Mental event

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A mental event is anything which happens within the mind or mind substitute of a conscious individual. Examples include thoughts, feelings, decisions, dreams, and realizations.[1]

Some believe that mental events are not limited to human thought but can be associated with animals[2] and artificial intelligence[3] as well. Whether mental events are identical to complex physical events, or whether such an identity even makes sense, is central to the mind-body problem.

Relation to mind-body problem[edit]

Some state that the mental and the physical are the very same property which cause any event(s); this view is known as substance monism. An opposing view is substance dualism, which claims that the mental and physical are fundamentally different and can exist independently.

Physicalism, a form of substance monism, states that everything that exists is either physical or depends on that which is physical;[4] the existence of mental events has been used by philosophers as an argument against physicalism. For example, in his 1974 paper What Is it Like to Be a Bat?, Thomas Nagel argues that physicalist theories of mind cannot explain an organism’s subjective experience because they cannot account for its mental events.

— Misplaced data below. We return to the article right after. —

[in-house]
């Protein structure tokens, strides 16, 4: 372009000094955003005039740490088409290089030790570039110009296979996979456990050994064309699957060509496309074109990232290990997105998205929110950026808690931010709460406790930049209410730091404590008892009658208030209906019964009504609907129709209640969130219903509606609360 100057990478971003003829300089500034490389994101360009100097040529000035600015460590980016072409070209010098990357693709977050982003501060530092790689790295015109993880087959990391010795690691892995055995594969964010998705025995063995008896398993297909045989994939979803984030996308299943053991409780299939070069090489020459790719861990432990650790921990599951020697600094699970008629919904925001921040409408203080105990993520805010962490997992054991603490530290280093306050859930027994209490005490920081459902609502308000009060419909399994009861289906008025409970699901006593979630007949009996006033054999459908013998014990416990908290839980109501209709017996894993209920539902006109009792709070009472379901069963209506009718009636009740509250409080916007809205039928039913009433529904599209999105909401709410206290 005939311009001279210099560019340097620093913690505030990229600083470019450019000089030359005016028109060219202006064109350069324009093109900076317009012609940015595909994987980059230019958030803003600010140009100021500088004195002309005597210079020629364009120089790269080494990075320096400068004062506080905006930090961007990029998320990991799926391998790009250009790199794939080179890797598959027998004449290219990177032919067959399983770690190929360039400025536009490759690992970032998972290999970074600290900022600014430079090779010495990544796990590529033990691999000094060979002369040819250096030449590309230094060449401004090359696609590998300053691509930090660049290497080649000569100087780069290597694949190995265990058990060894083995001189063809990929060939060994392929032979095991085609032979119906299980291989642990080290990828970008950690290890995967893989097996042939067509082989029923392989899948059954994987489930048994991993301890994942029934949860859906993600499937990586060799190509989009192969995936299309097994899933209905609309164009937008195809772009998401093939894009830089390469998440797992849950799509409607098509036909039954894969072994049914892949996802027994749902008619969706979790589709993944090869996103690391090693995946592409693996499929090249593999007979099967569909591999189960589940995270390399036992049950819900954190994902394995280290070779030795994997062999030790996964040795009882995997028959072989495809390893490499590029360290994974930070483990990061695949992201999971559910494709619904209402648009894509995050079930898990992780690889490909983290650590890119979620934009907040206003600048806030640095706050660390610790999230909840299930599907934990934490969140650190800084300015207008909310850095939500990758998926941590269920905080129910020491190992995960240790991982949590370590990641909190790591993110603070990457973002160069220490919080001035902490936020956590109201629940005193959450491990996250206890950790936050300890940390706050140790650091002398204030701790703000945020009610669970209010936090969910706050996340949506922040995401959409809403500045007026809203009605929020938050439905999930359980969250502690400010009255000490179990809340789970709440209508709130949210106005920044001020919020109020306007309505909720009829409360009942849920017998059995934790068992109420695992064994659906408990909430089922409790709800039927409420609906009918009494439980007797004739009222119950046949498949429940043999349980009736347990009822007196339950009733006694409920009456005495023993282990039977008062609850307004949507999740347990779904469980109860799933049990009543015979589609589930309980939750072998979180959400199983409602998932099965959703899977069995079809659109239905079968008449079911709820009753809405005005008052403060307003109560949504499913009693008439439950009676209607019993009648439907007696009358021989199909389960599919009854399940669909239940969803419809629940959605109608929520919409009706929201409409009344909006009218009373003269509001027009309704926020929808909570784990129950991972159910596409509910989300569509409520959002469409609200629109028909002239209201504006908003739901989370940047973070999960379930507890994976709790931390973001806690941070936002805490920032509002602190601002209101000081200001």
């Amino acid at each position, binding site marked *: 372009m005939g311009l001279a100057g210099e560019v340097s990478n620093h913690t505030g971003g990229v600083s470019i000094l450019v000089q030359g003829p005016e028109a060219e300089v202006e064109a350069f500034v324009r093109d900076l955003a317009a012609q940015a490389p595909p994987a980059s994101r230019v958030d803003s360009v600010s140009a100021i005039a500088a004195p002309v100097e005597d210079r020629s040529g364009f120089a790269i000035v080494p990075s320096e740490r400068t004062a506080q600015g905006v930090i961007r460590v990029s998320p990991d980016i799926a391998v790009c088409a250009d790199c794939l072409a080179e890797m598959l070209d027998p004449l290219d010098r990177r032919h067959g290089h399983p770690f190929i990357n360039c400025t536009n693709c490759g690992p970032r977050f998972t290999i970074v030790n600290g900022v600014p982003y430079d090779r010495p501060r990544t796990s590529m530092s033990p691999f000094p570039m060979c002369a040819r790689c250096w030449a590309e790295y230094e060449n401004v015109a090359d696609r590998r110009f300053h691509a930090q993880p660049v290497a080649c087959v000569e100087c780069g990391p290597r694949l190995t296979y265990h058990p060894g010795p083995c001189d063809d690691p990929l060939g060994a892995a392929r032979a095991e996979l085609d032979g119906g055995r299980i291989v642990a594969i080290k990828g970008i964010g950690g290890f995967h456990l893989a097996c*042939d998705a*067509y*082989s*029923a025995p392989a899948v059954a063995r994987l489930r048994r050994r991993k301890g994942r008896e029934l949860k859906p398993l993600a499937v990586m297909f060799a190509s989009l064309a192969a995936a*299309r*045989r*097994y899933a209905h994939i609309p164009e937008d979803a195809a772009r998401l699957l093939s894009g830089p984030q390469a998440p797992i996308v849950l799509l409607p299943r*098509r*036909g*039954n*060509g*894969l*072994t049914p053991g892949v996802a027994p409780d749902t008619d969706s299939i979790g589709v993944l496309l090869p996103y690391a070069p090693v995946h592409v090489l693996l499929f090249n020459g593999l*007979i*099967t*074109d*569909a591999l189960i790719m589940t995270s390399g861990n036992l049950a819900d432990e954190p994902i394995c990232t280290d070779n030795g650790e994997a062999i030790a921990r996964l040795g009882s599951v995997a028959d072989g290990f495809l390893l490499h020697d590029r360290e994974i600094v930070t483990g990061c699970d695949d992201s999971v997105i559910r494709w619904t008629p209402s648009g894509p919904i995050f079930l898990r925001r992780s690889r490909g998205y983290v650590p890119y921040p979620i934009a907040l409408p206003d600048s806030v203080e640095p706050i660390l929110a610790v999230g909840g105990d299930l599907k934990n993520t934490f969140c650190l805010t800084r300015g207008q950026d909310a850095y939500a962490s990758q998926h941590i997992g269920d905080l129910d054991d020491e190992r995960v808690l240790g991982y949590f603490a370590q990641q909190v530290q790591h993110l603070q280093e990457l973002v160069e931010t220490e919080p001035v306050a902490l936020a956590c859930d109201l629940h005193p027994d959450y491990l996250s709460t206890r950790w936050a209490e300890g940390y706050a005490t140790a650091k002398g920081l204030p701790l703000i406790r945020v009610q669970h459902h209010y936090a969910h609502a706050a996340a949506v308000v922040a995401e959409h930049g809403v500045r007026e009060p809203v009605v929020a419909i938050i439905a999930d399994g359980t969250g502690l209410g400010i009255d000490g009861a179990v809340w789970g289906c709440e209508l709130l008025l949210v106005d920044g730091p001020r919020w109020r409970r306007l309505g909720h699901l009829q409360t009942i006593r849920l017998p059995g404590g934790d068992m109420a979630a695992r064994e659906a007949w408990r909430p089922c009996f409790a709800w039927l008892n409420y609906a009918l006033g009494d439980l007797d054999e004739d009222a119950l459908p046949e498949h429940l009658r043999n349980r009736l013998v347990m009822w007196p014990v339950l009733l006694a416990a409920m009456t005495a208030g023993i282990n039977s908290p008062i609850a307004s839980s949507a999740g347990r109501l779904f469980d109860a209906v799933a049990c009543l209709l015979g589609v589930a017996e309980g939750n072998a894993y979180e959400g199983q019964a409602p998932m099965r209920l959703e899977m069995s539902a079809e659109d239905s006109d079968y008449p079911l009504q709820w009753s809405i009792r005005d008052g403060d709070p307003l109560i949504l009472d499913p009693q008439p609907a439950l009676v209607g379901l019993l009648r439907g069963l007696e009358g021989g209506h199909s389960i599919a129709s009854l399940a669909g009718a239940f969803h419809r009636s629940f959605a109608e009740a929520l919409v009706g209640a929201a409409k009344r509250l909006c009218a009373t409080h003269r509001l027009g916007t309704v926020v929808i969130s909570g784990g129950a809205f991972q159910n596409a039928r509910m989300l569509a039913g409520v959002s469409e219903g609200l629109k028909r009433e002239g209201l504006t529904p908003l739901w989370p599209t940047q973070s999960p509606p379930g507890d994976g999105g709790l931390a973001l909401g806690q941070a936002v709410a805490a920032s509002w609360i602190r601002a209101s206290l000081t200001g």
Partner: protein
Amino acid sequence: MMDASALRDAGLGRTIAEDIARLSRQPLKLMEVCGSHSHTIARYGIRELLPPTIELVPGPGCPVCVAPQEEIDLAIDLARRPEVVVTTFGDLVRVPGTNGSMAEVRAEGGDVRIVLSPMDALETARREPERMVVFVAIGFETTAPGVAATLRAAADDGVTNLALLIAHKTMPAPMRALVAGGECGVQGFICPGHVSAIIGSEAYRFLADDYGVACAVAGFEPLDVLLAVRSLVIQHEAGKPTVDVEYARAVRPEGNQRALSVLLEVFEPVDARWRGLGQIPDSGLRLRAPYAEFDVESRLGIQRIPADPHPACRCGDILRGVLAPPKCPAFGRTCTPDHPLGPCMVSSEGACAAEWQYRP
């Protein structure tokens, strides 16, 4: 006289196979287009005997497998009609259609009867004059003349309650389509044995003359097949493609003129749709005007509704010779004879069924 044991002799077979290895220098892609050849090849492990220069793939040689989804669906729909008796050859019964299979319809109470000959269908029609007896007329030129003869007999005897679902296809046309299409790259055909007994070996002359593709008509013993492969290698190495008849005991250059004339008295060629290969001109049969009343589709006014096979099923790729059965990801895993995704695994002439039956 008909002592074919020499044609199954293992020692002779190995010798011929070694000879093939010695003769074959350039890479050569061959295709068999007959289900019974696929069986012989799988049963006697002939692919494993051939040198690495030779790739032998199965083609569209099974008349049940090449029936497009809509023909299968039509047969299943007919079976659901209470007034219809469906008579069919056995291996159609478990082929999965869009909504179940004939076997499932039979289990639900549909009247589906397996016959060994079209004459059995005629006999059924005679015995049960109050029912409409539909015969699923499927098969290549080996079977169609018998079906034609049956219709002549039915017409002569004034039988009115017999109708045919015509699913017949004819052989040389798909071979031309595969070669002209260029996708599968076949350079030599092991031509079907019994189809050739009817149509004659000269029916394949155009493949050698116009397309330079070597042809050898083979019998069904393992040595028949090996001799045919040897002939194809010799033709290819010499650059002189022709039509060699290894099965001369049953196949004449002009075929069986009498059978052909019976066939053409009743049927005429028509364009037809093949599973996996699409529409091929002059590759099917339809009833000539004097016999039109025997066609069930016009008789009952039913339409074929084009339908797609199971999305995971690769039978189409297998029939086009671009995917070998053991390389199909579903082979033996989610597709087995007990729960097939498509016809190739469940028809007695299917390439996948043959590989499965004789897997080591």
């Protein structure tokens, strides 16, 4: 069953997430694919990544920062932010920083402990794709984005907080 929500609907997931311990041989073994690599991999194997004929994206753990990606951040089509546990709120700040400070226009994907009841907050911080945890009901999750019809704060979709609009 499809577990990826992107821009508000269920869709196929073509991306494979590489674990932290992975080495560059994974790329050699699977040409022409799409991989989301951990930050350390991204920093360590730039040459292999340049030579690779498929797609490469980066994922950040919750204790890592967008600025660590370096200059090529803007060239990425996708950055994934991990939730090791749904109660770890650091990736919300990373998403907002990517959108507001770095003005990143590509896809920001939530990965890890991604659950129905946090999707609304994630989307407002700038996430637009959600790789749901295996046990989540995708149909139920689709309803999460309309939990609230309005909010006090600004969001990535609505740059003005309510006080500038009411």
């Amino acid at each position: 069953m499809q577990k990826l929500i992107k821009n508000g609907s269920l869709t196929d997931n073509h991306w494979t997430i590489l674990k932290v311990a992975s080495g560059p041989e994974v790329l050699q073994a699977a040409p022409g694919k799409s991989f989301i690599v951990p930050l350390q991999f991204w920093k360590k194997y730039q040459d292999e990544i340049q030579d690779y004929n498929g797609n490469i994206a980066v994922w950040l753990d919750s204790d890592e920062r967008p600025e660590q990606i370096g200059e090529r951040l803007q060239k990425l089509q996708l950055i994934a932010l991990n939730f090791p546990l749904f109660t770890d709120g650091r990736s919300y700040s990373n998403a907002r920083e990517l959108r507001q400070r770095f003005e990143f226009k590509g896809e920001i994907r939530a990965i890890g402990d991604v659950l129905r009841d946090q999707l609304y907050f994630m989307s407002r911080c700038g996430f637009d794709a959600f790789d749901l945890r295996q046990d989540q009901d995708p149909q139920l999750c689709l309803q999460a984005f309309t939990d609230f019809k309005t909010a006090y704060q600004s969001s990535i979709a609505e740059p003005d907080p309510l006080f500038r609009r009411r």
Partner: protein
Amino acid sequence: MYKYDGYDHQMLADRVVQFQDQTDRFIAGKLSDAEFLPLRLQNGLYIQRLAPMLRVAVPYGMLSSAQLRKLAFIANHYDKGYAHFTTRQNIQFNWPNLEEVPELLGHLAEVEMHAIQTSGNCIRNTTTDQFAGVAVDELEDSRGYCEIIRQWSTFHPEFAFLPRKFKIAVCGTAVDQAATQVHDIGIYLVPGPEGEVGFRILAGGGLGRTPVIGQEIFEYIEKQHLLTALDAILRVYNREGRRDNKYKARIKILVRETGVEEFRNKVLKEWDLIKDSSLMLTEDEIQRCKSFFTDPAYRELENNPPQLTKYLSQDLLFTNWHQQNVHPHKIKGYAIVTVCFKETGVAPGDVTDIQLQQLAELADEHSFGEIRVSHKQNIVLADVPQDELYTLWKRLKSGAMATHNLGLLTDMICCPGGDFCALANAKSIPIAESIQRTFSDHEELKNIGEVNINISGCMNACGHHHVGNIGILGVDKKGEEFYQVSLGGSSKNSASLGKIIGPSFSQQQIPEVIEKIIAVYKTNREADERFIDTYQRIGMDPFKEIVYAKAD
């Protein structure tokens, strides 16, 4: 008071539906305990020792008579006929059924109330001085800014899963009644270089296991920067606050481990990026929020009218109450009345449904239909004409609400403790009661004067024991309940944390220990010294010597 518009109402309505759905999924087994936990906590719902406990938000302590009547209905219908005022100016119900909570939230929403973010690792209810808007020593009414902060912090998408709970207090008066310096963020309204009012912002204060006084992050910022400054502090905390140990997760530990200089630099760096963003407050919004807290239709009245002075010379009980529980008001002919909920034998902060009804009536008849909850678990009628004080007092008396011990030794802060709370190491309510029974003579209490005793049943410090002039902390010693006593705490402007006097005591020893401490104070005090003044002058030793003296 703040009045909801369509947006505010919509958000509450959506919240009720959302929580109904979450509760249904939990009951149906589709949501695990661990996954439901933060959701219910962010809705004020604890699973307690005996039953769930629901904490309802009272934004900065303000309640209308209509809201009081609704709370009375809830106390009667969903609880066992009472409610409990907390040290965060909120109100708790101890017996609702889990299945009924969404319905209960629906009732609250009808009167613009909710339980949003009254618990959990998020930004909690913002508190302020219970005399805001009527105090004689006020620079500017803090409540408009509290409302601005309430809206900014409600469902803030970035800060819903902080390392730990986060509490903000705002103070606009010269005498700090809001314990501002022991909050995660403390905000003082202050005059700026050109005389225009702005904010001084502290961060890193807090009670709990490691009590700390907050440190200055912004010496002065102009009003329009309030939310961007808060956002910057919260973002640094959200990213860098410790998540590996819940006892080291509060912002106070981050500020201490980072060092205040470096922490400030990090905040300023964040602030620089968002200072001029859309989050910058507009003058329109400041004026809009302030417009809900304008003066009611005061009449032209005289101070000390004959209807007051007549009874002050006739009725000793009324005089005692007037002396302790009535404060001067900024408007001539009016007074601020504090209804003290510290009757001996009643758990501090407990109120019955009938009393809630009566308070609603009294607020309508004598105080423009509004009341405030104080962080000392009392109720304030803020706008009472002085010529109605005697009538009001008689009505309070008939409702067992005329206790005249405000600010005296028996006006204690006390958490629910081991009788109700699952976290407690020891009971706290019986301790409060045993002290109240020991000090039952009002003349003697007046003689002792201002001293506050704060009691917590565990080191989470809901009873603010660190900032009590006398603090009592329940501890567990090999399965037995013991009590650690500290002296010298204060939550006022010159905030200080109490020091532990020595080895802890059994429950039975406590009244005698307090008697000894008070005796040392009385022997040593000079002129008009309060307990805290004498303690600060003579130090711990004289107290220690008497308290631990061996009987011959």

• Mary is walking through a park and she sees and recognizes City Hall. This instance of seeing and recognizing City Hall is an instance of perception—something that happens in Mary's mind; that instance of perception is a mental event. It is an event because it is something that happens, and it is mental because it happens in Mary's mind.
  • Mary feels happy after doing well on an exam and she smiles. This thought is a mental event; the smile is a physical event.
  • A killer whale recognized a feeling of hunger. It eats a fish; the recognition of the feeling of hunger is a mental event. Eating the fish is the physical event.

See also[edit]

Further reading[edit]


  1. ^ Bunnin, Nicholas; Yu, Jiyuan (2004). "Mental event". The Blackwell Dictionary of Western Philosophy. Blackwell Reference Online. Retrieved 2016-11-23.
  2. ^ Griffin, Donald R. (2001-05-01). Animal Minds: Beyond Cognition to Consciousness. University of Chicago Press. ISBN 9780226308654.
  3. ^ McCarthy, John (1995). "Making Robots Conscious of their Mental States" (PDF). Stanford University. Retrieved 2016-11-23.
  4. ^ Stoljar, Daniel (2016). Zalta, Edward (ed.). "Physicalism". The Stanford Encyclopedia of Philosophy (Spring 2016 Edition). Retrieved 2016-11-23.